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http://i66.tinypic.com/29p50zp.png

Can anyone explain how to read and understand row 1,2 and 3?

My understanding for row 1 is : If any inside packets want to go to outside via any source port to destination port number 80 using HTTP protocol. It is allowed.

Row 2, if any outside packets want to come in via source port number 80 to destination port number bigger than 1023 using Protocol HTTP. It is allowed

For Row 3, no matter, the action is not allowed.

Is my translation correct? Also, is it usual to have action in row 3 in real life?

Also, what is the importance of the ACK bit in the flag field? Is it to make sure the packet sent out or received?

Thirdly, wiki says no state is one of the advantage of Packet Filter. Why is no state being one of the drawbacks of Packet Filter?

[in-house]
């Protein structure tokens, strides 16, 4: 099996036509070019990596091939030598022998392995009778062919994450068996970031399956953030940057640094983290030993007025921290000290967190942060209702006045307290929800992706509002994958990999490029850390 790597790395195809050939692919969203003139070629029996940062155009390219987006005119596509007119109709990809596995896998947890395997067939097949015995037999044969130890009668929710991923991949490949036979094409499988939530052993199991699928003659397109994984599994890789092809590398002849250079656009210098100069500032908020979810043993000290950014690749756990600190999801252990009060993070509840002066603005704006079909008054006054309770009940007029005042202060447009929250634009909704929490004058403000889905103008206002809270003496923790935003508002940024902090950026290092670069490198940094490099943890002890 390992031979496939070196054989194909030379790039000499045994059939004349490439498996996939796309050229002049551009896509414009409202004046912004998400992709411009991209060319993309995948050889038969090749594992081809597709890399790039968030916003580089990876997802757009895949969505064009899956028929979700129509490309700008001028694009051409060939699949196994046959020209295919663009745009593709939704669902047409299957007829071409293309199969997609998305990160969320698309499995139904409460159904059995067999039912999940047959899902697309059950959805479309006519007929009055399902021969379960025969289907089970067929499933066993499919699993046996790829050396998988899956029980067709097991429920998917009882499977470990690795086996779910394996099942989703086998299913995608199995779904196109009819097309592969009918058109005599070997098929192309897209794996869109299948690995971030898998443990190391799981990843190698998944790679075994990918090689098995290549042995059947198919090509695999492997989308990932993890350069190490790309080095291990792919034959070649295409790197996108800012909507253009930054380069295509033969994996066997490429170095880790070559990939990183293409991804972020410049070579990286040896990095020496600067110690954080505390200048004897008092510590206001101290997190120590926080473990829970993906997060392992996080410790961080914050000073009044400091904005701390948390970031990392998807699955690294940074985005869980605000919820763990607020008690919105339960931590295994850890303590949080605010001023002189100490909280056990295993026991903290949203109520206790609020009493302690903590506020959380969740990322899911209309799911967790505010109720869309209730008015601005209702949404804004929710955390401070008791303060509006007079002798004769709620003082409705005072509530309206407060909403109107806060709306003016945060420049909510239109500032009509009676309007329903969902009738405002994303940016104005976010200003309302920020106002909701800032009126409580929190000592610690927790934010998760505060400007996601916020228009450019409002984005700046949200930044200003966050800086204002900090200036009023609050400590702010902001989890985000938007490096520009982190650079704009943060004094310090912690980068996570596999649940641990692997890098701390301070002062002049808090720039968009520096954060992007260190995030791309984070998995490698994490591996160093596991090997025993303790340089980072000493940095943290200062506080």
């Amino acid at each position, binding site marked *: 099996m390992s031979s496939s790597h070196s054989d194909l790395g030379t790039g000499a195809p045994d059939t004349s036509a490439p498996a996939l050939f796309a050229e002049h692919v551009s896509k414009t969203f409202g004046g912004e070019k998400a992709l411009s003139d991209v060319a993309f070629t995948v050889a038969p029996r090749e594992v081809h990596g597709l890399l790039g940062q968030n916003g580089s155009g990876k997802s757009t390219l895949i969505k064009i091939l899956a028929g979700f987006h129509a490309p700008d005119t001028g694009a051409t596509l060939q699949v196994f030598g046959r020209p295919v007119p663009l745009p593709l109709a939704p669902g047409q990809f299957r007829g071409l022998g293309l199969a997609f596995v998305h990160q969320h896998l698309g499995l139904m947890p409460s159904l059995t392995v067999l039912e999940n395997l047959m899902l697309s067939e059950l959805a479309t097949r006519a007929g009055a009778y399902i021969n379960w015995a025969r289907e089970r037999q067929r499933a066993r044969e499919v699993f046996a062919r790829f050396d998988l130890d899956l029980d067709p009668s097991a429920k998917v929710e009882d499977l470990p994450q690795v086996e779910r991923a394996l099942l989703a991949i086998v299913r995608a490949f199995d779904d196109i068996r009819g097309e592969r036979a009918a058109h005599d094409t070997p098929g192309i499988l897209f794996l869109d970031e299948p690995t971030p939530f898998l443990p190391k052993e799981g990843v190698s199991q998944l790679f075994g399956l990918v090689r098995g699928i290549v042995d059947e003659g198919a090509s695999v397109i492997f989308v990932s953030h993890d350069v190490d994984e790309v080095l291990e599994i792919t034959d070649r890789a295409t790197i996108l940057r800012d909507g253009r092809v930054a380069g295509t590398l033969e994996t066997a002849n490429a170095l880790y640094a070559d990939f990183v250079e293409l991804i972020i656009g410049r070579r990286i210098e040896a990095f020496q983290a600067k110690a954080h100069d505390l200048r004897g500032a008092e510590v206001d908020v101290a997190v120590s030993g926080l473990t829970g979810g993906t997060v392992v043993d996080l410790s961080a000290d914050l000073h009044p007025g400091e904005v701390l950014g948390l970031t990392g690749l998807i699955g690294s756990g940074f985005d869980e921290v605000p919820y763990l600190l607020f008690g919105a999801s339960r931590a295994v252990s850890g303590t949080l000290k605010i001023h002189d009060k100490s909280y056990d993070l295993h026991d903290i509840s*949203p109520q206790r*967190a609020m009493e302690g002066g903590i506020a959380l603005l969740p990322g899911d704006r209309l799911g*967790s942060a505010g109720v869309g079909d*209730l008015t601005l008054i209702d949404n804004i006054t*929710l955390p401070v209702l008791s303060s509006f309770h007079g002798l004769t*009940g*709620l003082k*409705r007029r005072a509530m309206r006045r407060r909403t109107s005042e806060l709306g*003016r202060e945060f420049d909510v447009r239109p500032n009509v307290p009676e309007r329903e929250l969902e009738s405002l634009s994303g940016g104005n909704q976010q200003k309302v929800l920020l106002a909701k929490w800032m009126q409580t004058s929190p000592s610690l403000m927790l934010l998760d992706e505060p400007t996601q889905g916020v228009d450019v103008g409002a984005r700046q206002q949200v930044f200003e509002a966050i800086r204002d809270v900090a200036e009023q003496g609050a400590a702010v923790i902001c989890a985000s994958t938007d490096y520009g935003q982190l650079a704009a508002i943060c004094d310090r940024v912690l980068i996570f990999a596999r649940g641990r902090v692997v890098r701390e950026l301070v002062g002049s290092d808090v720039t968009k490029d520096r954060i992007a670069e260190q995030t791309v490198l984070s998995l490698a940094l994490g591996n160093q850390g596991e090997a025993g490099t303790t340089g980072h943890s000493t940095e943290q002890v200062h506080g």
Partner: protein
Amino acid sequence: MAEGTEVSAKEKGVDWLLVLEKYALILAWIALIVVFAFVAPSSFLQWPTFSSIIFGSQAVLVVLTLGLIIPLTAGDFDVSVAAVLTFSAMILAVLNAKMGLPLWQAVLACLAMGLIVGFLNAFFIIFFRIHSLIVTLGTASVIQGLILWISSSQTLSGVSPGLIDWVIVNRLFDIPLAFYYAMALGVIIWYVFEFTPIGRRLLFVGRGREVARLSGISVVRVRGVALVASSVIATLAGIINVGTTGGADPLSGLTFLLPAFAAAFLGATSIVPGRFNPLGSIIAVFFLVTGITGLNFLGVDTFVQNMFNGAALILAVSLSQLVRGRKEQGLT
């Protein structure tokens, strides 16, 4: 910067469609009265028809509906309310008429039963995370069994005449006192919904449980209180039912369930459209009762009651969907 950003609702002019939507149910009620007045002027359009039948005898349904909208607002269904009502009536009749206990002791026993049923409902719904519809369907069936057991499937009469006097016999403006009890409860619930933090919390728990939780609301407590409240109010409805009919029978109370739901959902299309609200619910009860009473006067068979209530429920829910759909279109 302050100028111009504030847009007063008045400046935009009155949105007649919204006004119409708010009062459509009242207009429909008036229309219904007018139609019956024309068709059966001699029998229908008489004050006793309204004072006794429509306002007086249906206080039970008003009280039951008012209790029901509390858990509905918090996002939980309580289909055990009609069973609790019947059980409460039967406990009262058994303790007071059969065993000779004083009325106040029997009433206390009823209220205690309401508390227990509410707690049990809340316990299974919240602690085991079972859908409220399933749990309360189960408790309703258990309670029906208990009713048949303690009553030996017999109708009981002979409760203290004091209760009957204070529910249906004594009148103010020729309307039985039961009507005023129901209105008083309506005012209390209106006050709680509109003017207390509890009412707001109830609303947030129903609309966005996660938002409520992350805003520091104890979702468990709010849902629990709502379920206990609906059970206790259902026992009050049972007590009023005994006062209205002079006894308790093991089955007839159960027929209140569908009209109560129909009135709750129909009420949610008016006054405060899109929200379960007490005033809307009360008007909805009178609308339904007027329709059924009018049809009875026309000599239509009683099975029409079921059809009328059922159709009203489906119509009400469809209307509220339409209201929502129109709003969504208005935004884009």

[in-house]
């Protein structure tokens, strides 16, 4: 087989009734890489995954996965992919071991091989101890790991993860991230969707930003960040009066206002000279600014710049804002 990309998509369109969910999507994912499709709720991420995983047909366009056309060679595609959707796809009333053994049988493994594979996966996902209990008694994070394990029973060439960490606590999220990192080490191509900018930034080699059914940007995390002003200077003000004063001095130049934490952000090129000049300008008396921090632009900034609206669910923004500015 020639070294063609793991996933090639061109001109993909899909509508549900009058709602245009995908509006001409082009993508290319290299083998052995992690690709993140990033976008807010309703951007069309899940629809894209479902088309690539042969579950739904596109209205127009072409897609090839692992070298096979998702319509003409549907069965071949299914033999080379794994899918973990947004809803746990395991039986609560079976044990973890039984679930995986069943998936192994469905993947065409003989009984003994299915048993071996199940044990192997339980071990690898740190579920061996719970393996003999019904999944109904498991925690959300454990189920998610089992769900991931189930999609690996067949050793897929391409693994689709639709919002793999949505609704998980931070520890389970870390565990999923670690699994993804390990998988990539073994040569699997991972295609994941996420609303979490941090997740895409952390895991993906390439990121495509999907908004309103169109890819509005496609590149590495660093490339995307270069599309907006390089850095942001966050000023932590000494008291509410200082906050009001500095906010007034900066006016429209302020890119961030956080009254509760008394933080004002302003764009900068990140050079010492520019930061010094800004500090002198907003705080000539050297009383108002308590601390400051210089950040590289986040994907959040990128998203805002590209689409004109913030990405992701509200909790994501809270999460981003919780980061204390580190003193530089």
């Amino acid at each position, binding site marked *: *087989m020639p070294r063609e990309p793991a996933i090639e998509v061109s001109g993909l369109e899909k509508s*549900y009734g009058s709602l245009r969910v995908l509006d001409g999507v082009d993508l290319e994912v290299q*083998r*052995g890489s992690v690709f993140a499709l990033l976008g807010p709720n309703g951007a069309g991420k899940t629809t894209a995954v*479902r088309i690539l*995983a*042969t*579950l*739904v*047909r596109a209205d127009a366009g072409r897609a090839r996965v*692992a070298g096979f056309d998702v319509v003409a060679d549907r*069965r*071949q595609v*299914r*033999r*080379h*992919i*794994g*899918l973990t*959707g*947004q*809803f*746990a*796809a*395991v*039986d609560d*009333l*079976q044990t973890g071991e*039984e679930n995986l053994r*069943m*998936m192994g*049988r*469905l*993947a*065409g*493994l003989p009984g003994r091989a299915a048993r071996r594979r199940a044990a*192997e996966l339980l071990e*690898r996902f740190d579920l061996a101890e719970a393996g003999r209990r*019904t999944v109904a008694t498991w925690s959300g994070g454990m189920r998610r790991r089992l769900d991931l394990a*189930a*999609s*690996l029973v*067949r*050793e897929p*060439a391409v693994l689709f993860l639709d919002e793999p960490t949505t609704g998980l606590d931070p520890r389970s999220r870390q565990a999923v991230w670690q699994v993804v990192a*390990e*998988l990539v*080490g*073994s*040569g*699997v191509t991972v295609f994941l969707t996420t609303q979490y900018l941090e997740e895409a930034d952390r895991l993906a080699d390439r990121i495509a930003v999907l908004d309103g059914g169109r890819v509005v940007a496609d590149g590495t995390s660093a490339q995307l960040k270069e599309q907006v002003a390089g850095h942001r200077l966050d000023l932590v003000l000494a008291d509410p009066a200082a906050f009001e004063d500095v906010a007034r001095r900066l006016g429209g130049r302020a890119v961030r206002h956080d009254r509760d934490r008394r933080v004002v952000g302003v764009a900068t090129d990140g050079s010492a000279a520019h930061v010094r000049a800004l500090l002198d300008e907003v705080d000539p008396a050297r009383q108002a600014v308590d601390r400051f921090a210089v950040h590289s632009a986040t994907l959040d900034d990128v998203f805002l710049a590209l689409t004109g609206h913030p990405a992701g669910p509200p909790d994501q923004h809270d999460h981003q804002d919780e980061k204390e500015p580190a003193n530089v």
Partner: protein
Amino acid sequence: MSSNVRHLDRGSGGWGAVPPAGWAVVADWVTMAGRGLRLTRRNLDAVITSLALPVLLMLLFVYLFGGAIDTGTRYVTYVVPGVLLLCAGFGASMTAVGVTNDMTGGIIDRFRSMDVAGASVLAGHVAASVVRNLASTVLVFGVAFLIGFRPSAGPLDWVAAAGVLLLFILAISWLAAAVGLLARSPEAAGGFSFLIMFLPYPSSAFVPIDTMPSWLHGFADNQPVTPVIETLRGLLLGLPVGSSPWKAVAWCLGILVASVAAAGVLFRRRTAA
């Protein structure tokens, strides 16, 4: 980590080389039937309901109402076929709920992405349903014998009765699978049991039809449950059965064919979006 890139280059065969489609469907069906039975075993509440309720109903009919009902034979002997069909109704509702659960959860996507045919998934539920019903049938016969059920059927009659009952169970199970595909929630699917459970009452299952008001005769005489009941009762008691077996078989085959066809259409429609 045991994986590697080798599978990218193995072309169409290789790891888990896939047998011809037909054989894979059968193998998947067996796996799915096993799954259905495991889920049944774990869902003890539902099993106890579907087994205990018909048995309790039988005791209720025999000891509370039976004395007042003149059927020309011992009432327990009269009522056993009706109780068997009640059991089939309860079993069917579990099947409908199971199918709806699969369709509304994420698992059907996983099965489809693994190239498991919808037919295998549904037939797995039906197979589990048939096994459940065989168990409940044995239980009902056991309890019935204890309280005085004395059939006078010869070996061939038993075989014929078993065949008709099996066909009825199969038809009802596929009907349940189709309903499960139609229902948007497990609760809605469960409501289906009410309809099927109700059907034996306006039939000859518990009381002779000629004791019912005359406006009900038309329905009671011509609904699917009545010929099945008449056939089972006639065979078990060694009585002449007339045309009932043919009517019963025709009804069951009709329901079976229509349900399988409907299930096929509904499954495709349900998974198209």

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You are basically correct.

Also, is it usual to have action in row 3 in real life?

Yes, if the intent is to only allow packets to your web server, you have to deny everything else. Many types of ACLs have an "implicit deny," meaning that if the packet doesn't match any ACE, it is denied.

what is the importance of the ACK bit in the flag field?

The ACK bit is set on established connections. The reason to filter on it is to prevent incoming TCP connections. That is, only connections started from the inside are allowed.

Why is no state being one of the drawbacks of Packet Filter?

Having state information allows you to enforce TCP protocol rules, which better protects your servers. The disadvantage is when you have multiple paths, you can have asymmetric flows which a stateful device doesn't handle very well.

Perhaps it's just the way your rules were written for this example, but a good practice would be to specify the IP addresess on the inside, instead of a generic range.

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